Every day, over a dozen patients across the United States leave the operating room with an unfortunate souvenir. When doctors close up patients with sponges, surgical instruments, or other medical supplies left inside the body, serious and potentially life-threatening infections can result.
What Does a Retained Surgical Object Case Involve?
The term retained surgical object simply refers to foreign material accidentally left inside a patient’s body after an operation. Surgical sponges account for over two-thirds of the cases involving patients who become ill from retained surgical objects. However, this type of lawsuit can also involve suture needles, instruments, broken scalpel tips, or bits of tubing. It's estimated that 1 in 5,500 surgeries will result in a patient with a retained surgical object.
These types of cases are problematic because patients often don't know anything is wrong until they experience severe pain. At this point, the retained object has become infected and the patient will likely require emergency surgery. Consider the following examples:
A woman has a surgical sponge the size of a washcloth left in her abdomen after a caesarean section. Her stomach swells, her bowels shut down, and she requires emergency surgery to untangle the infected sponge from her small intestine.
A man goes to the doctor complaining of severe abdominal pain, unexplained weight loss, and vomit with a fecal-like odor. The cause is an infected sponge from a surgery that was performed the previous year. He ends up needing surgery to remove part of his intestine and has to spend weeks in a medically induced coma.
A woman experiences complications after surgery to remove cancerous tissue from her rectum and colon. It’s later discovered that a surgical sponge measuring more than a square foot was left inside her abdominal cavity for several weeks. Complications from the infected sponge end up disqualifying her from further cancer treatment. One year later, she passes away from complications of colon cancer.
Who Is Most at Risk for a Surgical Error Like a Retained Object?
Not surprisingly, patients undergoing emergency procedures are most at risk of developing complications from retained surgical objects. However, even those who've had routine procedures can have this problem if the surgical team encounters complications that create a chaotic operating environment.
The majority of cases involving retained surgical objects involve sponges left in patients who've had abdominal surgery. The pelvis, thoracic cavity, and vagina are also common places for this type of error to occur.
Some studies have shown that patients with a high body mass index (BMI) are more likely to be victims of a case involving retained surgical objects. The exact reason for this is unknown, however.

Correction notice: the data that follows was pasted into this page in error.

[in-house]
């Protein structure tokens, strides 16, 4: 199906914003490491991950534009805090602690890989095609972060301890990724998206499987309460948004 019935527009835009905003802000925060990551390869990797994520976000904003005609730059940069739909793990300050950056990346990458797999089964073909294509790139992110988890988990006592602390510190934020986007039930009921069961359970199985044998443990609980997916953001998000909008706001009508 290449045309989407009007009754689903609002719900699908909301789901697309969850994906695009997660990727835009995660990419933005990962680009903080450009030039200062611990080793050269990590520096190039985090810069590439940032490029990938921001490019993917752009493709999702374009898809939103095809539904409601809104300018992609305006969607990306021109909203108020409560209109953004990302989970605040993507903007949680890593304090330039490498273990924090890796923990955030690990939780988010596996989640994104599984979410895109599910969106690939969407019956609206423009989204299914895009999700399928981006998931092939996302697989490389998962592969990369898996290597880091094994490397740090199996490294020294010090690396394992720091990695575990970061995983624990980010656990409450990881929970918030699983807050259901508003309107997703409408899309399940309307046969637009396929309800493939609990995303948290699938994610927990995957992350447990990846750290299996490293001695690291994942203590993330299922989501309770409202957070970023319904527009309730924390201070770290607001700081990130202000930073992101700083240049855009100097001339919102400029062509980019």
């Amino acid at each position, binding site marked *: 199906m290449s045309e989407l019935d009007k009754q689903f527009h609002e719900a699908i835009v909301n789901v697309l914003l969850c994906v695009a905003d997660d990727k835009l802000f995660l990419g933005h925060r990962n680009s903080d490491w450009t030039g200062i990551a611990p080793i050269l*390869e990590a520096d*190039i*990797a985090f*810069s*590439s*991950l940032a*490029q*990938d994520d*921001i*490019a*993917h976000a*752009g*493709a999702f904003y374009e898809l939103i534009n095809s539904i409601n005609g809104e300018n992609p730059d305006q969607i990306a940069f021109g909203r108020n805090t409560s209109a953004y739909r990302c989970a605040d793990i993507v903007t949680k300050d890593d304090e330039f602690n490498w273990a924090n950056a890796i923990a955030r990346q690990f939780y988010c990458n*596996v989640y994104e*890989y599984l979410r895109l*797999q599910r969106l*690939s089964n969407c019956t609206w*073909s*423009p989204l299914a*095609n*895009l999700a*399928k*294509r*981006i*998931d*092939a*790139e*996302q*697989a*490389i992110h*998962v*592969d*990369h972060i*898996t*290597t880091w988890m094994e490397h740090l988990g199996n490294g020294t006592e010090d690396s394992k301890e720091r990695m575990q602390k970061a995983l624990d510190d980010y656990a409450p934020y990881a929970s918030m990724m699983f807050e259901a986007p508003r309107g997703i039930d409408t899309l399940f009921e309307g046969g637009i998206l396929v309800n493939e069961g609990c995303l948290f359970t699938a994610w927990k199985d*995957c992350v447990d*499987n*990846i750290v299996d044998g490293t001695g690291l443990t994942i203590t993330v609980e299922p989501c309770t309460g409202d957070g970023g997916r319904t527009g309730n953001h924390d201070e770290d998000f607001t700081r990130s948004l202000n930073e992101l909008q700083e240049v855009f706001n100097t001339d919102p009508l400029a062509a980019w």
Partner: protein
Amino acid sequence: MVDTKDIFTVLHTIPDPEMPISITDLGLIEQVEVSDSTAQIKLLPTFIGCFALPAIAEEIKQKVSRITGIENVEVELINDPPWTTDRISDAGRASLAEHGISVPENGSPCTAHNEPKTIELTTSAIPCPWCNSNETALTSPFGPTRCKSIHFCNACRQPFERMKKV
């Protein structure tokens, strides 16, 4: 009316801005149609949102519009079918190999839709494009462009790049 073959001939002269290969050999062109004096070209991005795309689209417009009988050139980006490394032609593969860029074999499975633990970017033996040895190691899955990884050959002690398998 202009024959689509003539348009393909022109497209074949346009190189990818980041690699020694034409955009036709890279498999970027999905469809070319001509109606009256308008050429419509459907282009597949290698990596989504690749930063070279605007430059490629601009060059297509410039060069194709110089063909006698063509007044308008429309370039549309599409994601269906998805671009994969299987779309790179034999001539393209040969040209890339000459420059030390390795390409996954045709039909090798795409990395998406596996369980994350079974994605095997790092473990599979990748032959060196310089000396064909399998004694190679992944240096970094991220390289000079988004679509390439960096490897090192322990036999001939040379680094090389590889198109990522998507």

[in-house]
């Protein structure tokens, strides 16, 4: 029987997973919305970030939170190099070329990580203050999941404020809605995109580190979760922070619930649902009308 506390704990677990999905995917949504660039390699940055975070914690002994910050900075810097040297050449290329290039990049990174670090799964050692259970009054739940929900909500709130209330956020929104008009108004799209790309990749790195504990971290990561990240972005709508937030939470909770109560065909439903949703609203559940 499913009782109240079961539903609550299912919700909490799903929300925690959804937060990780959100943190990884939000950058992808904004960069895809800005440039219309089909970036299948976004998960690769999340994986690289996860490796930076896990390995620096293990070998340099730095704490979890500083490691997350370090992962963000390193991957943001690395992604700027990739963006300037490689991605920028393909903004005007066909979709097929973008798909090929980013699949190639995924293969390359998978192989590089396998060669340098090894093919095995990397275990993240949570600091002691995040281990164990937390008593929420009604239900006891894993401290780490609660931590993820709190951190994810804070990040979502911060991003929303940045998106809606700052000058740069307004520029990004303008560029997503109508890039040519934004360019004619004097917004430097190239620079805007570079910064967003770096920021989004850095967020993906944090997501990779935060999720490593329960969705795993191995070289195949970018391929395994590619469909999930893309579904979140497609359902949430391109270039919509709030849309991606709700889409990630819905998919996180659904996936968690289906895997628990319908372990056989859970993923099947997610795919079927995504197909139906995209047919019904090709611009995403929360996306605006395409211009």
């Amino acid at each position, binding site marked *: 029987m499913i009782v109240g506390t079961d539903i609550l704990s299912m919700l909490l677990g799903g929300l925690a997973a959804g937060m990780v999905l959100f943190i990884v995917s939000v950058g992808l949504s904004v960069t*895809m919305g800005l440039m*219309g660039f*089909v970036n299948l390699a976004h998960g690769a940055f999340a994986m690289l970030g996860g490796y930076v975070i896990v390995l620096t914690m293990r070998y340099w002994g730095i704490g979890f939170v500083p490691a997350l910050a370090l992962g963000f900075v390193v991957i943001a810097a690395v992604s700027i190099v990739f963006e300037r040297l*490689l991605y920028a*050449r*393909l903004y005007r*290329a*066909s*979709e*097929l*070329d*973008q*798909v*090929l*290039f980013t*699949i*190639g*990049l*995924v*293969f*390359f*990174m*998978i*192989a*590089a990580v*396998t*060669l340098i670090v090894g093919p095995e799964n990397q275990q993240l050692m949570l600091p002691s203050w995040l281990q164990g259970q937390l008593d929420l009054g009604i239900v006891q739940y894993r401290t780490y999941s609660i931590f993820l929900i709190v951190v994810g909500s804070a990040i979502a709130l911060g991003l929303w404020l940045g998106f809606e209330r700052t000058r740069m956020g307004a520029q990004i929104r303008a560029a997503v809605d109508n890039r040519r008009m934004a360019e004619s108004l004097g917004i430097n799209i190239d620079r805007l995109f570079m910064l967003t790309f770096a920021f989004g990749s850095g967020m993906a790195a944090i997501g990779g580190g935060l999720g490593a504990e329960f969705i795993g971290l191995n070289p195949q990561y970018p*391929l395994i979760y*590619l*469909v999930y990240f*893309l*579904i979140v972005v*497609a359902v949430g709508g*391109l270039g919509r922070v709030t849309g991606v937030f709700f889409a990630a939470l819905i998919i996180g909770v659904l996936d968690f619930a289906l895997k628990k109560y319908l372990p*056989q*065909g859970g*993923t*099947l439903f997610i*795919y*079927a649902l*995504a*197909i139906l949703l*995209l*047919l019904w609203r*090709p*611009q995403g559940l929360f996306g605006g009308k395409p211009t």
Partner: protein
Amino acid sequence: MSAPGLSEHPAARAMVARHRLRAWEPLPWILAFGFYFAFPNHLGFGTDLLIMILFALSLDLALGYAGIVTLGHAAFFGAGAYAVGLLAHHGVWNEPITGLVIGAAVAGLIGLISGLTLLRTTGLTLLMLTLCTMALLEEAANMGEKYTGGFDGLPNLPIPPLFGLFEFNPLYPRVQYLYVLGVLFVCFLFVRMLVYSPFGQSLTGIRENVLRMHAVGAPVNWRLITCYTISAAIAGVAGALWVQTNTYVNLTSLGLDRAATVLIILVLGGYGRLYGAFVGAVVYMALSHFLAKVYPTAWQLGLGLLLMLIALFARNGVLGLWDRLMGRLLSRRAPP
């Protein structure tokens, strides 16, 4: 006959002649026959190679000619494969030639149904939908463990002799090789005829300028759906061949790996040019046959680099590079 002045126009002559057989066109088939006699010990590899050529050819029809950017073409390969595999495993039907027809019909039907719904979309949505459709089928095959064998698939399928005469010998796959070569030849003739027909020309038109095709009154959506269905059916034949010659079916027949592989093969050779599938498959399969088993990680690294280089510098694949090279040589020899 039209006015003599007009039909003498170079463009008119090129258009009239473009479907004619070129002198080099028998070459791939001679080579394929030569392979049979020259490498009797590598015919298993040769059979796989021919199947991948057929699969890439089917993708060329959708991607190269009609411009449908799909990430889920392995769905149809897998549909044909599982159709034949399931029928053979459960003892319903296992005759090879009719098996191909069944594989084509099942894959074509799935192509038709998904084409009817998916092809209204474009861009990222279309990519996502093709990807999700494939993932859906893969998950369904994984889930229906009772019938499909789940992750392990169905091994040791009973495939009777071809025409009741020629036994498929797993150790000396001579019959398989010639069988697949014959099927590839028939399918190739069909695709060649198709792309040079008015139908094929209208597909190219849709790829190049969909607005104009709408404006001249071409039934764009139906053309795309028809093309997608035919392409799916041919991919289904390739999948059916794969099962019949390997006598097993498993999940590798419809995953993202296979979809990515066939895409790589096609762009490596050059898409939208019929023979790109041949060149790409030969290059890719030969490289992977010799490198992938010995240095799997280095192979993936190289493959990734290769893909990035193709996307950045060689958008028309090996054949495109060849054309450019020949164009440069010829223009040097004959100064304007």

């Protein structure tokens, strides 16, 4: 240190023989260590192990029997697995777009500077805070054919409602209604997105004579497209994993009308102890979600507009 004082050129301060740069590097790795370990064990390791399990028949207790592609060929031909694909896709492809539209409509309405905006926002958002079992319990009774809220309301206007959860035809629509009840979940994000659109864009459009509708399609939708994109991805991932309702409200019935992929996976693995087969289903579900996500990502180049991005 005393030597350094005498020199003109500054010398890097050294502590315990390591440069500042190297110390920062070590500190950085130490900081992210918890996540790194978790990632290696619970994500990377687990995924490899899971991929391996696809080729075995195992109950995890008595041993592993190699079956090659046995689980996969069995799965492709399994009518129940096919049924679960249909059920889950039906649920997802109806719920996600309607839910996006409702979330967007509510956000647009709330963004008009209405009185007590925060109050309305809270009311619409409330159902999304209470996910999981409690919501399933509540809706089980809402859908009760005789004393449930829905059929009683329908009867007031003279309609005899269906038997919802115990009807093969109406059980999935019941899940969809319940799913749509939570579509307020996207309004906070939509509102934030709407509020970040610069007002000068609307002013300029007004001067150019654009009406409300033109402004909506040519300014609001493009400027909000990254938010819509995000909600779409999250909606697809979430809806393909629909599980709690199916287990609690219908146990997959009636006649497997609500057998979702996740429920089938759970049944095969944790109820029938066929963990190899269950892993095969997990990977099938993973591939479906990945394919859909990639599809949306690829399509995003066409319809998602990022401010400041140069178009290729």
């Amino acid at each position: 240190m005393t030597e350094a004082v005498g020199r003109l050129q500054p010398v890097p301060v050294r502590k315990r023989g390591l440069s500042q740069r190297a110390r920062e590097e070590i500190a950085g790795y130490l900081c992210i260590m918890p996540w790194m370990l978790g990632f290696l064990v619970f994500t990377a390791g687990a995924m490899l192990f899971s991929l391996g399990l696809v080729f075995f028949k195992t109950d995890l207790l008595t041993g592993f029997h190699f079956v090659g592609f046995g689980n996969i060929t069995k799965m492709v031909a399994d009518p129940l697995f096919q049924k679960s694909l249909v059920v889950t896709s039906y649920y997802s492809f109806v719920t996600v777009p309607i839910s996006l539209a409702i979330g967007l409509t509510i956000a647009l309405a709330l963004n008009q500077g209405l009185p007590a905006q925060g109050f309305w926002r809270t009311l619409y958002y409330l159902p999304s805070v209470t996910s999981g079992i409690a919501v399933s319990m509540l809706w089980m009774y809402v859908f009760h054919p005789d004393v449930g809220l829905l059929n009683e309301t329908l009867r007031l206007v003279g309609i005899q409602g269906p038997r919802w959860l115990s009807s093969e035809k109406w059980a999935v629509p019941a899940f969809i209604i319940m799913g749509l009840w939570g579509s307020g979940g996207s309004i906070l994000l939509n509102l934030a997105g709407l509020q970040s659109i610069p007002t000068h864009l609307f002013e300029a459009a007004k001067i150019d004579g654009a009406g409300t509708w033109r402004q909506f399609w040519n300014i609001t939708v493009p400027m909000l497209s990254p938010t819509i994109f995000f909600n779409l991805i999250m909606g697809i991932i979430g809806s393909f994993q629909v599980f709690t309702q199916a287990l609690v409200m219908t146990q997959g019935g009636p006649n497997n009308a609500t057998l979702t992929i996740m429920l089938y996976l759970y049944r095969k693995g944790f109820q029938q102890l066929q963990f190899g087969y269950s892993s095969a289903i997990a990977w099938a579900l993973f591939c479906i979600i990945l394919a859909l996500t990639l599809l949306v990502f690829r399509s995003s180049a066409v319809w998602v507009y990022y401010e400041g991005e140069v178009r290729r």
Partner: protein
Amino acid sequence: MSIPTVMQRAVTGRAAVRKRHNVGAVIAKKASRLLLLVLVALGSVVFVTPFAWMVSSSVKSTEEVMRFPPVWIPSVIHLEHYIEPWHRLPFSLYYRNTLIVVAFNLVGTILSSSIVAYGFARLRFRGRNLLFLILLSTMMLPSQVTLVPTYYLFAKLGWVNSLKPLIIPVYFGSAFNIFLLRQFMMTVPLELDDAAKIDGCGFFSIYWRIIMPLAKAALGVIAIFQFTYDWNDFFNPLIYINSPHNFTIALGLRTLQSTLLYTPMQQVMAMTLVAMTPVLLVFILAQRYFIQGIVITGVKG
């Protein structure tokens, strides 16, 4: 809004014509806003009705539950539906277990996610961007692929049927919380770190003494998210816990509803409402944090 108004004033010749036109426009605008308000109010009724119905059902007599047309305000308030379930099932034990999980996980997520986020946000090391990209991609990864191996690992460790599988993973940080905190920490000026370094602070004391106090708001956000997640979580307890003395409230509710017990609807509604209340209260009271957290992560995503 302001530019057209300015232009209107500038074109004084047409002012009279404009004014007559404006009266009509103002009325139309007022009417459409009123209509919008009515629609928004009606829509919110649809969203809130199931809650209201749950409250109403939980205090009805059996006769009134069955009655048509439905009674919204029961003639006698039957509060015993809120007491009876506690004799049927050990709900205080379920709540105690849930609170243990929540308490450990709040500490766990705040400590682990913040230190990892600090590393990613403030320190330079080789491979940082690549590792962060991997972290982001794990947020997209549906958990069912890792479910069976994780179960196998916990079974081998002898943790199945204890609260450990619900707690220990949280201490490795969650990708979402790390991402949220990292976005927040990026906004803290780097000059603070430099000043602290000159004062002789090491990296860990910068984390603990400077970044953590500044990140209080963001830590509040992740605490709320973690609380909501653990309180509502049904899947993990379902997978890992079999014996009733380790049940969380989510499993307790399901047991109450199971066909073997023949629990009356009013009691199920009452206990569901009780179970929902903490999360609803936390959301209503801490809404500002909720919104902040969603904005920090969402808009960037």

Why Are Retained Surgical Objects Considered "Never Events"?
In healthcare, the term never event is used to describe medical errors that are considered very serious—but preventable. This term is used to describe cases involving retained surgical objects as well as cases of surgery being performed on the wrong body part or the wrong person.
Because retained surgical objects are considered never events, hospitals implement a number of practices to account for the tools used during surgical procedures. Some of the most common include:
A manual pre- and post-surgery count of sponges and operating instruments, with the patient immediately taken to x-ray if there are missing items.
Using special sponges that are equipped with inventory bar codes.
Using radiofrequency detection systems that have chips sewn into the pocket of the gauze and require a surgeon to use a wand or mat at the end of the procedure to verify no foreign material is left in the body.
Medicare, Medicaid, and private insurers will not pay the cost of medical care necessary to fix complications from a never event. Hospitals must absorb these costs on their own.
Is A Retained Surgical Object an Example of Medical Malpractice?
Any case involving retained surgical objects falls under the umbrella of medical malpractice. A subset of tort law dealing with professional negligence, medical malpractice refers to any conduct by a surgeon or other healthcare professional that deviates from standard practices and causes harm to a patient as a result.
Medical malpractice awards are difficult to estimate because they are based on a number of factors, such as your past and future medical bills and any loss of earnings or future earning capacity caused by the error. However, research studies have shown that malpractice claims from retained surgical objects generally cost hospitals between $100,000 and $200,000 per case. There have been multiple cases of lawsuits with as much as $2 million to $5 million in damages for the plaintiff.The Inland Empire Law Group is dedicated to assisting patients with retained surgical objects who received treatment at hospitals or surgical centers in the Inland Empire, including hospitals in Fontana, San Bernardino, Colton, Victorville, Riverside and other local facilities. Contact us at (888) MY IE LAW for details.